Rusty Jelly Catfish, Orange Catfish, Oremon Catfish, Pocoma (Brazilian) - Cephalosilurus fowleri Haseman, 1911
Article © Julian Dignall, uploaded August 01, 2006.
Odd things happen in fishkeeping. For example, our often irrational attachment and sense of character that we interpret from the habits of the fish we keep; this leads us to name our pets and associate human traits with them too. One such group of fish that recive this treametment are those larger members of the family Pseudopimelodiae. Amongt them is the uncommonly seen Orange, or Rusty, Jelly Catfish also know as the Oremon Catfish and formally as Cephalosilurus fowleri. The species was resurrected to Cephalosilurus in the 1990's after spending decades in the genus Pseudopimelodus, so you may be more familiar with that name. From an external point of view Cephalosilurus, at least as younger fish, have dark caudal fins, Pseudopimelodus species do not and also have a layer of skin over their pectoral fin spines in adulthood.
Jelly cats are so called because, especially as they mature, they are gelatinous sausage like blobs of fish that look like those weird creatures that live in the deepest, darkest parts of the ocean rather than something you would expect to encounter in an unassuming tropical fish tank. Incidentally, Jelly in UK English means what North Americans would call Jello; Jelly in US English means what the European English speakers would call Jam. So, if you're talking about this fish in the States, it's really a Jello Cat! In South America they have a number of common names too, but my favourite is bagre sapo - toad catfish.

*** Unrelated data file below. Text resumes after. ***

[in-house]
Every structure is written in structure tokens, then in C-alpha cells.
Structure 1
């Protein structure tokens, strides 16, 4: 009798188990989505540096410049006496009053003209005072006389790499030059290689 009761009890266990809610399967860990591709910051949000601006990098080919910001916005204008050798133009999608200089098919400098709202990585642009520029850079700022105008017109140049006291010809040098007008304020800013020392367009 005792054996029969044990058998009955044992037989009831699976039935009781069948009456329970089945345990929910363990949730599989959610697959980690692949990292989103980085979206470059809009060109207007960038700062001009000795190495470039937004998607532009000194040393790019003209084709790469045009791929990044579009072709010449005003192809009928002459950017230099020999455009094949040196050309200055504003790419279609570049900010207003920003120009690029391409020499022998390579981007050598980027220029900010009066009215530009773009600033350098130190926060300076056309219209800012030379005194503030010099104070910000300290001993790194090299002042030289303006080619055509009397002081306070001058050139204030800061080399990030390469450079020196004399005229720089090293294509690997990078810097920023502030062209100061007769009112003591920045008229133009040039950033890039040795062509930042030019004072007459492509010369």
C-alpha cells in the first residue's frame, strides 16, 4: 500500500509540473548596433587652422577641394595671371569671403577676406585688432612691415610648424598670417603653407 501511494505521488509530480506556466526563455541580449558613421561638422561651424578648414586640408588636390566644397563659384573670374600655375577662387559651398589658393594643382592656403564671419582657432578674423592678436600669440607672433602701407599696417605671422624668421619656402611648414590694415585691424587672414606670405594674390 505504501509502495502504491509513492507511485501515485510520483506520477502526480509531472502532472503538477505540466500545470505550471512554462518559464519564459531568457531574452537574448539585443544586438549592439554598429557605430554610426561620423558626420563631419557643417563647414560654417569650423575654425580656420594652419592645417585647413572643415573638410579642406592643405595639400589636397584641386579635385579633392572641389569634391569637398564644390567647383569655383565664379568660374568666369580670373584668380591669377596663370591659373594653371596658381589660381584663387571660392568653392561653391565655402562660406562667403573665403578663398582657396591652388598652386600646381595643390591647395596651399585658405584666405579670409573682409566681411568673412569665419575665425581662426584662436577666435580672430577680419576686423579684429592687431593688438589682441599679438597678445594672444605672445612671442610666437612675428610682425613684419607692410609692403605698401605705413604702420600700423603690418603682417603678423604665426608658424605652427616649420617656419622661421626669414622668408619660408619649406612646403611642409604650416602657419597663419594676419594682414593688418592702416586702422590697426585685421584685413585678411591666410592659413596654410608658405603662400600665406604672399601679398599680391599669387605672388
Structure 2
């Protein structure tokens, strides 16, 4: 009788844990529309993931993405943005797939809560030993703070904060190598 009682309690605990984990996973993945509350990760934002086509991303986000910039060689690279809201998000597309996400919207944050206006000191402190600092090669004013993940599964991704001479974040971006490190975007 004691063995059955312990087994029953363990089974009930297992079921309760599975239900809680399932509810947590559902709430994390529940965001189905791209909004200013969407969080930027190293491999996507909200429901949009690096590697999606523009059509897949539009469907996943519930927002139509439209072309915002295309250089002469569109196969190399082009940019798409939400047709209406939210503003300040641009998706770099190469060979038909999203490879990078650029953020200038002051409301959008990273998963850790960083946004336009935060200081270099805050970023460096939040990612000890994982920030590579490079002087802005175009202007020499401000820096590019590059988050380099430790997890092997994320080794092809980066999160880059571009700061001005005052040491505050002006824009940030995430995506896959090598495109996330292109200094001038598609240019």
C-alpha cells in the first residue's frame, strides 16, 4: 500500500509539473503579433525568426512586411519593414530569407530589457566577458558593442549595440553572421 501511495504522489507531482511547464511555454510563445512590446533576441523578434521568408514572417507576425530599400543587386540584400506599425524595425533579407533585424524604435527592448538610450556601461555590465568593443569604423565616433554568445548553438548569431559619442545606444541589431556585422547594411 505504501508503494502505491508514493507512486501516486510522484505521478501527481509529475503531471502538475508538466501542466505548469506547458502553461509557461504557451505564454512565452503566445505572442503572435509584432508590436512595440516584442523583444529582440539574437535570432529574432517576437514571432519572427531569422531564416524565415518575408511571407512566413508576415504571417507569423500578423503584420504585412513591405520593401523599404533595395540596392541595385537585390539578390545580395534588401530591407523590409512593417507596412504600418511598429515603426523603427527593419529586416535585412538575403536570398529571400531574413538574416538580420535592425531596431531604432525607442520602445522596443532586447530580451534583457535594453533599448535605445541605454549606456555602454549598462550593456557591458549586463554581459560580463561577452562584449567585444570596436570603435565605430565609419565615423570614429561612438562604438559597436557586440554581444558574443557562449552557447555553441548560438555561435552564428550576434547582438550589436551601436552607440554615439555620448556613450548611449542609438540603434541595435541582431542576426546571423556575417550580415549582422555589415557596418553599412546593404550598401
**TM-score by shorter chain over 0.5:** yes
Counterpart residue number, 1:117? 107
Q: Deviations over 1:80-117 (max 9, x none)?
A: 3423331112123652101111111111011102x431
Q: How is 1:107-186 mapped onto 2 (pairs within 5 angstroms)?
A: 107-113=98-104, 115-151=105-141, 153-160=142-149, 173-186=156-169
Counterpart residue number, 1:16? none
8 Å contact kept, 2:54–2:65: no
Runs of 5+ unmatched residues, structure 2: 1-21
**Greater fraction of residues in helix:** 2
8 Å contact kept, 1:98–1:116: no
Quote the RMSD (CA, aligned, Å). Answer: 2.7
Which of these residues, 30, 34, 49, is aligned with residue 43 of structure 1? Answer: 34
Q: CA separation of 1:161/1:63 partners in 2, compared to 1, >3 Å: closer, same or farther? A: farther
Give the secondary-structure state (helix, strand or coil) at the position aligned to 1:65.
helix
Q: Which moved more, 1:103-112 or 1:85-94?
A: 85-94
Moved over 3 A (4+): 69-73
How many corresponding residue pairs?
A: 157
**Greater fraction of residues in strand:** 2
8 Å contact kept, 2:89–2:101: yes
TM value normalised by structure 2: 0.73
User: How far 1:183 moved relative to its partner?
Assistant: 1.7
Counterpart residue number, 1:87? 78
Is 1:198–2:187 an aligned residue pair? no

Confusing multiple common names aside, this species is one of many distinctive species that come from the Rio Sao Francisco river system. The Rio Sao Francisco is the fourth largest river system in South America and the longest river wholly within Brazil. Many of its fishes are not found in other river systems and this lump of an orange catfish is one of them. I chose to write about this species as opposed to other similar ones as it is the most attractive (at least in terms of being a nice rusty orange colour - this fish stayed at home when graceful looks were being handed out) and so is readily identifiable.
Husbandry of this species is simple. Feed it sparingly and keep its tank clean. Although growing to well over a foot, as it's a natural "couch potato", it can be housed adequately in larger standard size aquaria. It will however, attempt to eat anything it is kept with. Adult fishes, especially females, get particularly aggressive even to their own kind - this might be an offshoot of their mode of reproduction - while it hasn't been documented in aquaria, it appears from field observations this fish practices at least limited care of a brood reared in shallow gravel depressions the fishes dig out themselves - no other fishes are tolerated in this zone. Thus filtration should be external as this fish likes nothing better than to dig itself in a pit of gravel and wait for lunch to swim by. Actually, that's about it as far as keeping this fish goes. Buy it, feed it, watch it grow fat - but I bet you name it too!
Copyright information for the images used in this article can be found on the species' full Cat-eLog page.
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